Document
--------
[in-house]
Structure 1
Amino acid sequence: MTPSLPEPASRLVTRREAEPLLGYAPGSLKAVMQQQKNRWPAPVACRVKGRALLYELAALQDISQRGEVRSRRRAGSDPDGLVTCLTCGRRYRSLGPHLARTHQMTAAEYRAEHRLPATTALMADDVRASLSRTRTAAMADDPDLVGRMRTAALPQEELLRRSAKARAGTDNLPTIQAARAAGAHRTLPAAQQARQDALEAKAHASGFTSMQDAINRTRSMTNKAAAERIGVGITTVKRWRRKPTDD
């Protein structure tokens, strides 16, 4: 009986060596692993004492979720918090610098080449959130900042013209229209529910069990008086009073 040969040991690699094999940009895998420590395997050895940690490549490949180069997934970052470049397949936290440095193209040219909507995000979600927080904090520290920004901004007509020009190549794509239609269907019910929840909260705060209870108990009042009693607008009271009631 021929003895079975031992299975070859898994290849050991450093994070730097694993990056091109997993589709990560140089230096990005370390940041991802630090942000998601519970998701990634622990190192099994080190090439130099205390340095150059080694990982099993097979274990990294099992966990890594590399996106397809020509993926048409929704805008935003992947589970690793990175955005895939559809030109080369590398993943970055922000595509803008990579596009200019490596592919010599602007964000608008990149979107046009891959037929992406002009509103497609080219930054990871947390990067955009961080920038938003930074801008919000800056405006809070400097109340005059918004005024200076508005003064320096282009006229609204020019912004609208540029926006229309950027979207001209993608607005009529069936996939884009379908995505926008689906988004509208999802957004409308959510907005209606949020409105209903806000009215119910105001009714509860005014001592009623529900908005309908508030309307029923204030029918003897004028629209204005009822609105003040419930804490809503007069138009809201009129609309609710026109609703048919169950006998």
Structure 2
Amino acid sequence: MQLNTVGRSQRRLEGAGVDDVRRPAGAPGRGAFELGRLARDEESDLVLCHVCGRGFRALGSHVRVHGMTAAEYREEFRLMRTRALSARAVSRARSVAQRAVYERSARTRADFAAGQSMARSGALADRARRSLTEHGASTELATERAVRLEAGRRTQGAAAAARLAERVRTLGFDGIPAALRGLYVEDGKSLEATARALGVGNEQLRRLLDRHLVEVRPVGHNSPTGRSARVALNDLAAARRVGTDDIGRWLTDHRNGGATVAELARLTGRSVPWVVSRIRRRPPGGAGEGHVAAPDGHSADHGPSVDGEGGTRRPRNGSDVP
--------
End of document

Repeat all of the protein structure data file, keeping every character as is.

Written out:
[in-house]
Structure 1
Amino acid sequence: MTPSLPEPASRLVTRREAEPLLGYAPGSLKAVMQQQKNRWPAPVACRVKGRALLYELAALQDISQRGEVRSRRRAGSDPDGLVTCLTCGRRYRSLGPHLARTHQMTAAEYRAEHRLPATTALMADDVRASLSRTRTAAMADDPDLVGRMRTAALPQEELLRRSAKARAGTDNLPTIQAARAAGAHRTLPAAQQARQDALEAKAHASGFTSMQDAINRTRSMTNKAAAERIGVGITTVKRWRRKPTDD
């Protein structure tokens, strides 16, 4: 009986060596692993004492979720918090610098080449959130900042013209229209529910069990008086009073 040969040991690699094999940009895998420590395997050895940690490549490949180069997934970052470049397949936290440095193209040219909507995000979600927080904090520290920004901004007509020009190549794509239609269907019910929840909260705060209870108990009042009693607008009271009631 021929003895079975031992299975070859898994290849050991450093994070730097694993990056091109997993589709990560140089230096990005370390940041991802630090942000998601519970998701990634622990190192099994080190090439130099205390340095150059080694990982099993097979274990990294099992966990890594590399996106397809020509993926048409929704805008935003992947589970690793990175955005895939559809030109080369590398993943970055922000595509803008990579596009200019490596592919010599602007964000608008990149979107046009891959037929992406002009509103497609080219930054990871947390990067955009961080920038938003930074801008919000800056405006809070400097109340005059918004005024200076508005003064320096282009006229609204020019912004609208540029926006229309950027979207001209993608607005009529069936996939884009379908995505926008689906988004509208999802957004409308959510907005209606949020409105209903806000009215119910105001009714509860005014001592009623529900908005309908508030309307029923204030029918003897004028629209204005009822609105003040419930804490809503007069138009809201009129609309609710026109609703048919169950006998």
Structure 2
Amino acid sequence: MQLNTVGRSQRRLEGAGVDDVRRPAGAPGRGAFELGRLARDEESDLVLCHVCGRGFRALGSHVRVHGMTAAEYREEFRLMRTRALSARAVSRARSVAQRAVYERSARTRADFAAGQSMARSGALADRARRSLTEHGASTELATERAVRLEAGRRTQGAAAAARLAERVRTLGFDGIPAALRGLYVEDGKSLEATARALGVGNEQLRRLLDRHLVEVRPVGHNSPTGRSARVALNDLAAARRVGTDDIGRWLTDHRNGGATVAELARLTGRSVPWVVSRIRRRPPGGAGEGHVAAPDGHSADHGPSVDGEGGTRRPRNGSDVP